Deja Vu All Over Again for ‘Captain Many Hands’

David Crosby, Stephen Stills and Graham Nash. Source: consequenceofsound.net.

Oddly, multi-instrumentalist Stephen Stills’ artistry left CSN no choice but to add the ‘Y’

It was July 1968 and three guitar-playing singer-songwriters of some renown were trying out their lush harmonies at Mama Cass Elliott’s home in LA’s Laurel Canyon. Graham Nash remembers:

We all knew. There was no fucking question. David, Stephen and I would sing almost the whole first album with one acoustic guitar, and…it was obvious that this was something really new and fresh.

Stephen [Stills] was an incredibly focused person. Without question, he was the leader of this band and there was a reason we called him “Captain Many Hands.” He did nineteen brilliant pieces of music that he had written in four fucking months. He had the music. In spades.

Graham Nash
Stills: “Just roll the tape.” The studio receipt shows Stills had the goods. Note the date. Source: e-bay.

Born in Dallas but raised in a military family, Stephen Arthur Stills moved around a lot and sampled many different styles of music along the way. Stills taught himself the guitar, bass and keyboards and ended up in Los Angeles.

After the soiree at Mama Cass’s home, the three were ready to record a debut album. According to Nash, “Stephen had a vision, and David and I let him run with it.” The blockbuster song on the album, “Suite: Judy Blue Eyes,” was a bouquet toss to Stills’ girlfriend Judy Collins. Stills played every instrument on the self-titled first album save Crosby’s and Nash’s guitars and drums by Dallas Taylor.

It was an impressive performance and the album sold over four million copies. Every song on that album has become part of rock’s treasured songbook. But a successful album meant touring, and Stills, despite his enormous talents, just could not duplicate himself on stage. It was quite the dilemma until Atlantic studio boss Ahmet Ertegun intervened…

That’s Stephen Stills’ mother on the left, along with Ahmet Ertegun and Captain Many Hands. Source: Getty Images.
Enter Neil Young

Ahmet Ertegun, the son of a Turkish diplomat who was also the head of an Atlantic Records shop that included renaissance producer Jerry Wexler, had a problem: Crosby, Stills & Nash had a monster hit album to support and had booked dates in the Chicago Auditorium Theater with Joni Mitchell, some festival in New York State called Woodstock and the Greek Theater in Los Angeles. All were prestigious venues and the band needed bodies.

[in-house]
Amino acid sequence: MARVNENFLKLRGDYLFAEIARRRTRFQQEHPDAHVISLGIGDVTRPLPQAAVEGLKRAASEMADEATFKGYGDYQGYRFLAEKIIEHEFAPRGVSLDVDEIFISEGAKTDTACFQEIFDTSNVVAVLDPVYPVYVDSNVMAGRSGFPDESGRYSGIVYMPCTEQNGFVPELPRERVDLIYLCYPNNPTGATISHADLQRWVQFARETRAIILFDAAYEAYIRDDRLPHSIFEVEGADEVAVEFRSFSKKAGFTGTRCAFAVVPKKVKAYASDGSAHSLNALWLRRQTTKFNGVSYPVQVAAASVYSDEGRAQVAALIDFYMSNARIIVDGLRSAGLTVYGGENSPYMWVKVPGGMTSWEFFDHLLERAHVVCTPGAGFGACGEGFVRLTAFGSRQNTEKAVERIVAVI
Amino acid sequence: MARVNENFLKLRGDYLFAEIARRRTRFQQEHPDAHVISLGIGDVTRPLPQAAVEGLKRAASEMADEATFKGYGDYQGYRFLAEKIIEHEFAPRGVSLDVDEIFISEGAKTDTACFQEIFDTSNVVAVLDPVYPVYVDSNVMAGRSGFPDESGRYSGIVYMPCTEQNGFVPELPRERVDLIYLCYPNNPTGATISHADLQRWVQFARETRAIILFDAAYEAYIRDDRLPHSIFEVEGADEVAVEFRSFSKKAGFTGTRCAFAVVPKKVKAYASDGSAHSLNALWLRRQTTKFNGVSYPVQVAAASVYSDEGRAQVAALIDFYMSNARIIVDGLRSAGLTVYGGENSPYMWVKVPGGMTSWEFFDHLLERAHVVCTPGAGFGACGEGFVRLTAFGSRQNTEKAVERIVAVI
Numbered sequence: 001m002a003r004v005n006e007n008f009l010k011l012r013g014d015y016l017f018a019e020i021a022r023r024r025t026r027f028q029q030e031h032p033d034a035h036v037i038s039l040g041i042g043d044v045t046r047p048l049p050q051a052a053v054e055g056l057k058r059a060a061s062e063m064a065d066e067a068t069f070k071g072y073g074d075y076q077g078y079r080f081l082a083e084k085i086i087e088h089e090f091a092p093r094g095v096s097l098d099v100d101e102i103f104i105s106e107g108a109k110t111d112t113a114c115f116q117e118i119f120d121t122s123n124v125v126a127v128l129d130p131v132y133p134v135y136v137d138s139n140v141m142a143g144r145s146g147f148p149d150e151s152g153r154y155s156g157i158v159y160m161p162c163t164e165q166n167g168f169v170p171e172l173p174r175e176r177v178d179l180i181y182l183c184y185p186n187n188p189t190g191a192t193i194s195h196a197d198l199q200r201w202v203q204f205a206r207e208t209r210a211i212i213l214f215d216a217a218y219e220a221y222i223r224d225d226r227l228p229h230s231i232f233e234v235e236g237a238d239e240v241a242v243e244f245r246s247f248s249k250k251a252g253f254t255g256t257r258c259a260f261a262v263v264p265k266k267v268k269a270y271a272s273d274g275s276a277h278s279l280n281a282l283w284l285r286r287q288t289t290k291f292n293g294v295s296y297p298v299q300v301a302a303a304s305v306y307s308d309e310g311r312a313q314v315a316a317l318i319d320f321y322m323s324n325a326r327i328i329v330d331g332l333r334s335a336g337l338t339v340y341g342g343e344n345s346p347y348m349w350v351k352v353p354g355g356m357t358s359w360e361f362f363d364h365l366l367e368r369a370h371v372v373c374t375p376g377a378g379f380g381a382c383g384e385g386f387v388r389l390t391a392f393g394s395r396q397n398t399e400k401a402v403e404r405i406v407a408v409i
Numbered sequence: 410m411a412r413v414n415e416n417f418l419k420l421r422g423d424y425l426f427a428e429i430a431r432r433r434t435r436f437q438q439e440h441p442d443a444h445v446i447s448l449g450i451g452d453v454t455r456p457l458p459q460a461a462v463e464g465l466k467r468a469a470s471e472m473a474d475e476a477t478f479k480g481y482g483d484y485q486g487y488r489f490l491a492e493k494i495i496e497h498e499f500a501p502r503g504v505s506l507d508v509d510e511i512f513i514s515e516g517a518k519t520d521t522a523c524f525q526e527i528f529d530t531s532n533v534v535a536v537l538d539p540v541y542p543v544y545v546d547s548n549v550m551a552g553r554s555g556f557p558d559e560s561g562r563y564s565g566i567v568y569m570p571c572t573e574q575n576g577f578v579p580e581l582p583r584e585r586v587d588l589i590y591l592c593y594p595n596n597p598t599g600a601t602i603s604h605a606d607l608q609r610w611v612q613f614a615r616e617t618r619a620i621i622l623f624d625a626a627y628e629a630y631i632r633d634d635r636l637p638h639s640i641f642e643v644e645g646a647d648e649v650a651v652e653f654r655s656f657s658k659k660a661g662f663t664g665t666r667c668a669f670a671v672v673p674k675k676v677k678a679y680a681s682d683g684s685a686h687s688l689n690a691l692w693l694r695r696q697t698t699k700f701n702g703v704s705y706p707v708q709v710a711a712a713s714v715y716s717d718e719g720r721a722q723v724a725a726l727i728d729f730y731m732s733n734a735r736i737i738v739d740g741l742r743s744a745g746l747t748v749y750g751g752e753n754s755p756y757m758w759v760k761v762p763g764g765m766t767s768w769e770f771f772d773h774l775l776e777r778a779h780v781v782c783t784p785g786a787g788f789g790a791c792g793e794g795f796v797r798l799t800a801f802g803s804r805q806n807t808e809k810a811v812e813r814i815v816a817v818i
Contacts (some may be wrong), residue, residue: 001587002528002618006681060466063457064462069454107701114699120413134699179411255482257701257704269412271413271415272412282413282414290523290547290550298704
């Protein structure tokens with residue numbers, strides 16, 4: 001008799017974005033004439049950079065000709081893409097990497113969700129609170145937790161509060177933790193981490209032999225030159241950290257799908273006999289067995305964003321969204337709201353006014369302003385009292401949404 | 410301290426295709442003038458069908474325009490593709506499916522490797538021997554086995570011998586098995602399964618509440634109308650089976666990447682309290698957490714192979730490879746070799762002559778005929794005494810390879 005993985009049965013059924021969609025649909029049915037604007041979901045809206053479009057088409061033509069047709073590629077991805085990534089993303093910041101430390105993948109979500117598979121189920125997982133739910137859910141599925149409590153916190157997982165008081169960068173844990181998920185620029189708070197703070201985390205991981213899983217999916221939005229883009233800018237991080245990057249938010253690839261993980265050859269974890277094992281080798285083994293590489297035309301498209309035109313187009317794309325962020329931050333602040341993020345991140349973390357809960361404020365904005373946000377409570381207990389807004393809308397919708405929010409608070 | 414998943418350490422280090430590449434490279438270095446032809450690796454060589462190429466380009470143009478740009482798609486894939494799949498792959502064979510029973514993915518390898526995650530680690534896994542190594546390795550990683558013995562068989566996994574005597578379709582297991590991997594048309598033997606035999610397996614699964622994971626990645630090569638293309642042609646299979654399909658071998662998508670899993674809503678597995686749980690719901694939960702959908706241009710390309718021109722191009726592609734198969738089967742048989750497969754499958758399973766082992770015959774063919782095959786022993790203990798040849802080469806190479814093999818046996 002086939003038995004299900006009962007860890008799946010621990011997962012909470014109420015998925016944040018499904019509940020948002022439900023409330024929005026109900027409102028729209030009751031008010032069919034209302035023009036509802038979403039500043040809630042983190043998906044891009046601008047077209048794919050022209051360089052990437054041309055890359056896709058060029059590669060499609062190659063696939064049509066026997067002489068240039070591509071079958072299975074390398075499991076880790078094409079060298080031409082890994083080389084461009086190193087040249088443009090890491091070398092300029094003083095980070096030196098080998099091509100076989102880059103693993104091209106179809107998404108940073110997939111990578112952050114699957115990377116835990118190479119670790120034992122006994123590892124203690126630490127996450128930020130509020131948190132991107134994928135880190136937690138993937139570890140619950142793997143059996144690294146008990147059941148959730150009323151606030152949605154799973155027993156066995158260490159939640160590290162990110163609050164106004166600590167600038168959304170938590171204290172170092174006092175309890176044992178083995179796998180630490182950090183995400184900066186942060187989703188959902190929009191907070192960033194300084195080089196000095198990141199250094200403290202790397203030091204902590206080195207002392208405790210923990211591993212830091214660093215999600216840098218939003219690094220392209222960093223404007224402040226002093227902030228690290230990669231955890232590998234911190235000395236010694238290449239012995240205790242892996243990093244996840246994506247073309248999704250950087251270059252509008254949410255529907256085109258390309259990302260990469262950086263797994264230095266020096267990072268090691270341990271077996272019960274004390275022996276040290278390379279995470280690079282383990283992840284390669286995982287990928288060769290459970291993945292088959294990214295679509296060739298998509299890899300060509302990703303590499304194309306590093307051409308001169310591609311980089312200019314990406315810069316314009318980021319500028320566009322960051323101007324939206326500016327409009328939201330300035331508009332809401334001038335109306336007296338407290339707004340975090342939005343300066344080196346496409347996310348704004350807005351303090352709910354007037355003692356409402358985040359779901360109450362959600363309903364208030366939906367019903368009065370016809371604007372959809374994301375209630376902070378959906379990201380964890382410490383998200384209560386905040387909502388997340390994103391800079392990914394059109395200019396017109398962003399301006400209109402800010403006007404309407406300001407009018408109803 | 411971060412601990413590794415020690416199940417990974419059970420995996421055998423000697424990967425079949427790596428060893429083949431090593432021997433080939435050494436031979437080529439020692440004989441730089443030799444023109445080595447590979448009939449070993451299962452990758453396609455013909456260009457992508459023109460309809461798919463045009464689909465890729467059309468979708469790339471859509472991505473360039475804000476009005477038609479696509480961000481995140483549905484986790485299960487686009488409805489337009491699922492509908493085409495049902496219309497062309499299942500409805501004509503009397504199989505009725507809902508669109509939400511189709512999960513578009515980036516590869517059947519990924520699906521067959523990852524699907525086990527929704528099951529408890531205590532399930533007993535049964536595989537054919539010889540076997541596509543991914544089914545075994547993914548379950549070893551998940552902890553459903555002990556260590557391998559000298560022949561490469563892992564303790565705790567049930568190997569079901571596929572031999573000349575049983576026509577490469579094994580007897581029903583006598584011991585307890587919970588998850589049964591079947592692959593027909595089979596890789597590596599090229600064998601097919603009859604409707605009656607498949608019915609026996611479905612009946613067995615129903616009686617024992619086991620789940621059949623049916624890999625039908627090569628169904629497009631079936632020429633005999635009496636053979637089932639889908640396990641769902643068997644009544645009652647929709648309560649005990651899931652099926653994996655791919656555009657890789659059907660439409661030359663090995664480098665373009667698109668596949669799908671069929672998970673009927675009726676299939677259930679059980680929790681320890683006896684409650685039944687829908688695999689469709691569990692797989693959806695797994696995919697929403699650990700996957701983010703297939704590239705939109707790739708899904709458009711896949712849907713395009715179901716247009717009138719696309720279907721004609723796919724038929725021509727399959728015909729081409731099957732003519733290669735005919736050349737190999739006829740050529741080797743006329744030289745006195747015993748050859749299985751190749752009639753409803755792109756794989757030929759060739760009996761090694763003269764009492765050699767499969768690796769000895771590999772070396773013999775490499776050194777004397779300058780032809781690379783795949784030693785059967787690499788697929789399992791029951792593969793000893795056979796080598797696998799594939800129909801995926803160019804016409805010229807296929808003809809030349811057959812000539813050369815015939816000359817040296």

Names like Stevie Winwood and even Jimi Hendrix were tossed around. It was reported that Stephen Stills preferred Lovin’ Spoonful guitarist John Sebastian. A meeting was convened at Ertegun’s apartment that included Stills, then-intern David Geffen and CSN’s long-time manager Elliot Roberts. It was at that meeting that Ertegun suggested Stills’ old bandmate from the Buffalo Springfield, Neil Young. After some half-hearted pushback from Stills (“he’s quit on me twice already!”), an offer was made and accepted.

The band began touring as Crosby, Stills, Nash & Young and “concert prices skyrocketed.”

Deja Vu

A Joni Mitchell-penned folk song about Woodstock (Joni did not appear at Woodstock. She was booked on the Dick Cavett Show.) was given a rousing translation by CSN&Y on Deja Vu. Here is a four+ minute video of the song, along with some fine pastoral scenes, published by vtha sangkulh via YouTube:

Neil’s a strange energy. He brings a darker edge and a more realistic edge to our music….It did fit, though. Deja Vu is a pretty fun album.

Graham Nash

CSN&Y’s second studio album, released March 1970 after an estimated 800 hours of studio time, has sold eight million copies and counting. It remains the highest selling album not only for CSN&Y, but for each member’s solo careers. Deja Vu yielded three Billboard hits: “Woodstock,” “Teach Your Children” and “Our House.”

After a successful 1970 summer tour, singer Rita Coolidge left Stephen Stills to be with Graham Nash. This so demoralized the band that it broke up. (Future melodramatic break-ups and reunions were still to come.)

For Stephen Stills, once cocaine became the drug of choice among rock musicians, he became the subject of a salvo of negative news stories leading up to David Geffen, no longer an intern, firing Stills as a client after the CSN&Y live album 4 Way Street was released in April 1971. Stills then famously printed bumper stickers that read, “Who is David Geffen and why is he saying those terrible things about me?”

Stephen Stills jamming with The Rolling Stones in Amsterdam on October 9, 1970. Photo by Henry Diltz, morrisonhotelgallery.com

In 2016 Crosby, Stills, Nash & Young split up after almost 50 years together due to an ongoing bitter feud centered on David Crosby. “The truth is, none of us are speaking to David,” admitted Graham Nash.

In September 2017 Stephen Stills and Judy Collins released an album, Everybody Knows, that peaked at 45 on the Billboard charts and was followed by a tour supporting the album.

Andrew Goutman

Andrew Goutman is the editor of Enter, Stage Left.

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